If the masonry explosion did not cause you to question the year, the Health Warning Center of Disease Control and Prevention Centers may double the calendar: unpasteurized milk may have made people sick in 19 states.
Yes, as the country is grappling with five – count -, five – outbreaks of a vaccine-preventable disease, the CDC warns that another infectious disease from the past poses a risk to widely-used dairy drinkers – at least those who set the standard Tartar is a decades-old process for removing deadly pathogens from the milk.
The infectious disease is brucellosis. It is a difficult to define febrile illness caused by Gram-negative Brucella Bacteria that infect a variety of animals and occasionally unfortunate humans. There are four types that pose a particular risk to humans: Brucella suisfound in pigs; Brucella melitensisfound in sheep and goats; Brucella Canisof dogs; and – the one who is at the center of this current health alert –Brucella abortuswhich is borne by cattle. Usually, the disease occurs in developing countries. However, in the US, meat packers, hunters, veterinarians, farmers and careless microbiologists are at risk – as are those who consume unpasteurised dairy products.
The CDC reports that a Brucella abortus Strain RB51 was found in unpasteurized milk sold by Miller's Biodiversity Farm in Quarryville, Pennsylvania. RB51 is a weakened strain that veterinarians use to vaccinate cows for more dangerous strains that cause abortions in the animals (as the name implies). The vaccine does not cause any symptoms in non-pregnant cows, but in rare cases RB51 may slip smoothly into the milk and cause serious illness in humans, avoiding pasteurization. It is also resistant to a first-line antibiotic used to treat brucellosis.
Health officials identified a cow that had spilled RB51 on the farm in Pennsylvania and removed it from the milking herd. This was not, however, until the farm's milk reached an unknown number of consumers in 19 states. These states include: Alabama, California, Connecticut, Florida, Georgia, Iowa, Maryland, Massachusetts, Michigan, Minnesota, Mississippi, New Jersey, New York, North Carolina, Ohio, Pennsylvania, Rhode Island, South Carolina, and Virginia.
So far, a case has been confirmed in New York. But brucellosis is crazy to diagnose, especially if you do not know you are facing it.
After exposure, symptoms can occur within a week or up to several months. It starts like the flu, with fever, chills, body aches, headaches and sometimes diarrhea. In the further course it can come to fever peaks from 104 degrees Fahrenheit to 105 degrees Fahrenheit. Otherwise, this leads to a scattering of symptoms – acute or chronic, localized or systemic.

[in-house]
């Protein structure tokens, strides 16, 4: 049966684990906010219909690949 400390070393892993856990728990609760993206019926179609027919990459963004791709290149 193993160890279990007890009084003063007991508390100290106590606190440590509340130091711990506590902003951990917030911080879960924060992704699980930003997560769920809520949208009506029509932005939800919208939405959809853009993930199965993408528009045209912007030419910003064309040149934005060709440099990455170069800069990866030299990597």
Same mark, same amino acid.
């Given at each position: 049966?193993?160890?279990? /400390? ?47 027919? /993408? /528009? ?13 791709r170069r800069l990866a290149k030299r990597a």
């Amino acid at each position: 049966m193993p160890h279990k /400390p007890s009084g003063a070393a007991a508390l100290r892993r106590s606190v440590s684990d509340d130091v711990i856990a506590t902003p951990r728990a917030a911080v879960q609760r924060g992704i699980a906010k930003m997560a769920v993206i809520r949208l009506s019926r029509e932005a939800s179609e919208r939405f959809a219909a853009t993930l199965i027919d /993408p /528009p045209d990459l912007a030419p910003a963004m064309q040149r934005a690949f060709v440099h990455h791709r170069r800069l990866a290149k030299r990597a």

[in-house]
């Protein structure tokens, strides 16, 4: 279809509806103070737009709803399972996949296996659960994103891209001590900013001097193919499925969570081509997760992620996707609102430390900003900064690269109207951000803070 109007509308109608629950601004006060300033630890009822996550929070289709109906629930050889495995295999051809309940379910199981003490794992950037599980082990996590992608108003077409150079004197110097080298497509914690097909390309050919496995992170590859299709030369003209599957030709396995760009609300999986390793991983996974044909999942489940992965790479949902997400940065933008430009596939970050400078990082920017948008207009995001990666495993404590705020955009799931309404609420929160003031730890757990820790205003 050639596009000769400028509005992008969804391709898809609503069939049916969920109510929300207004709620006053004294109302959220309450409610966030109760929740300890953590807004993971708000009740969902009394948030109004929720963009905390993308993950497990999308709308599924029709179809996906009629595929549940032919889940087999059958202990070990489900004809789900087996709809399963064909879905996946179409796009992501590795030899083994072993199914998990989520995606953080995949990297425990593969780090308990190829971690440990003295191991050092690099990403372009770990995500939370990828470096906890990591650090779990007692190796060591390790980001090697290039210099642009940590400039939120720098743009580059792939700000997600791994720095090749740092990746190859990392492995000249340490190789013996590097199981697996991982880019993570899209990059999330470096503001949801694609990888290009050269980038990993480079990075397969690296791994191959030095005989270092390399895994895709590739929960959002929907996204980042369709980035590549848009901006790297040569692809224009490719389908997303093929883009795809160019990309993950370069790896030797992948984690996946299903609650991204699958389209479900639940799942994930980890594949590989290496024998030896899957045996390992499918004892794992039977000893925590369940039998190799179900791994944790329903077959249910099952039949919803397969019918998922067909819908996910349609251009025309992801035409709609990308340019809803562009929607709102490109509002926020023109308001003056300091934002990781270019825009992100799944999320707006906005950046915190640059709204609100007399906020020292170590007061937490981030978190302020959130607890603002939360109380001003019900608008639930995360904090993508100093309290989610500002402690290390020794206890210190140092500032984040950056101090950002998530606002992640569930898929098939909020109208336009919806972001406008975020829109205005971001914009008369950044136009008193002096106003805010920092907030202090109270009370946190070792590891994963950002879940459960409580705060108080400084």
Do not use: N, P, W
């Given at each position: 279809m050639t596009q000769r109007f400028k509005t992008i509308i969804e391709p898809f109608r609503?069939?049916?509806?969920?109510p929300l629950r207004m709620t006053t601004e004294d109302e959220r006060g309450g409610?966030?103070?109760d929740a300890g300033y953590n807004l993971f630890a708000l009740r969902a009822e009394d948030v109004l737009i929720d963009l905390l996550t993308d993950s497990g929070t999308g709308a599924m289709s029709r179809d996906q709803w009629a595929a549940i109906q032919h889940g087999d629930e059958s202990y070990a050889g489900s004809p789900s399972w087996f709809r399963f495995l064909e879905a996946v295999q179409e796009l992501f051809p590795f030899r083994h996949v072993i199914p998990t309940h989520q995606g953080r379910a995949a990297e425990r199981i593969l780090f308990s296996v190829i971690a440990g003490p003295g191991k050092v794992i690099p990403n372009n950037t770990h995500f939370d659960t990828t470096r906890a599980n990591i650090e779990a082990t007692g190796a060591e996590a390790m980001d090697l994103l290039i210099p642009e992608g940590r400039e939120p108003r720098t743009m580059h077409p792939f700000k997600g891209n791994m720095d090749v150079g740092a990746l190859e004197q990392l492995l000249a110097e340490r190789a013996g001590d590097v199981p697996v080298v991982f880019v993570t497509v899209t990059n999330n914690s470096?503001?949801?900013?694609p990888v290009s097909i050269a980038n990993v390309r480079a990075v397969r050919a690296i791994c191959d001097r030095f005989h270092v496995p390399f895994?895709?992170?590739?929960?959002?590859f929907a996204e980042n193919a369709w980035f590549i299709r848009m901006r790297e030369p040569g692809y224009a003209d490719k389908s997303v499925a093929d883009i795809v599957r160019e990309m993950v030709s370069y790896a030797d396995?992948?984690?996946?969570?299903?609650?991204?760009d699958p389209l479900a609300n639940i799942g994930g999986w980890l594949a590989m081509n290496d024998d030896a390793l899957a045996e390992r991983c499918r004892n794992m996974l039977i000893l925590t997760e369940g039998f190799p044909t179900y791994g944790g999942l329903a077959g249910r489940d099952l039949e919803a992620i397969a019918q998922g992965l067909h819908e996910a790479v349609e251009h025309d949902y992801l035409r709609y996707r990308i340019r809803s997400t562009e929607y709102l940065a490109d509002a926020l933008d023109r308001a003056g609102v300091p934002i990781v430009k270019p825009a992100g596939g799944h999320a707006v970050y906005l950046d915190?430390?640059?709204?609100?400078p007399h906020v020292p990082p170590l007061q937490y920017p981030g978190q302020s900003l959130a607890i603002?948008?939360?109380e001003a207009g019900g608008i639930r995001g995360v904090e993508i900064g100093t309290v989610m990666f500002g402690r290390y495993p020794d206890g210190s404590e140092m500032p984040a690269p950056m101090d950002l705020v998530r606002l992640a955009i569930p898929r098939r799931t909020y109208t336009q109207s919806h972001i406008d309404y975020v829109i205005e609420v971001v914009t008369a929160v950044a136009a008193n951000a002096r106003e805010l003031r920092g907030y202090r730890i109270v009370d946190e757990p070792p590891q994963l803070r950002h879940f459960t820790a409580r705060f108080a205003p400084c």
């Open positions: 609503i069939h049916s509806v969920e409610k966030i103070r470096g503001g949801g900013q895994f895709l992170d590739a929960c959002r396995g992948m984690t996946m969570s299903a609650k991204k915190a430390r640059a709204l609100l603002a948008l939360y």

About half of brucellosis cases are acute infections with obvious symptoms. The other half of those affected experience a slower manifestation of the symptoms that can lead to a chronic infection with fever that comes and goes for years. The infection can affect multiple systems in the body or be localized to specific tissues or organs. It has been associated with skin problems such as rashes and abscesses. It is also associated with bone and joint problems, especially inflammation and low back pain (spinal osteomyelitis) and arthritis. Inflammation of the kidney, prostate, testes, liver and / or gastrointestinal tract may occur. In rare cases, it can affect the heart and central nervous system, which can lead to inflammation of the brain and spinal cord, all of which can be fatal.
The most definitive way to diagnose brucellosis is to try to grow bacteria from blood, bone marrow, cerebrospinal fluid or wounds. However, it may take up to four weeks for it to appear in laboratory cultures. The treatment typically includes weeks of antibiotic treatments.
The patrons of Millers Biodiversity Farm may have been suspended at any time since January 2016. The CDC warns that anyone who has drunk milk from the farm for the last six months is at risk of contracting the infection. People who have drunk milk more than six months ago and have symptoms that have not yet been tested should contact their doctor first, the agency warns.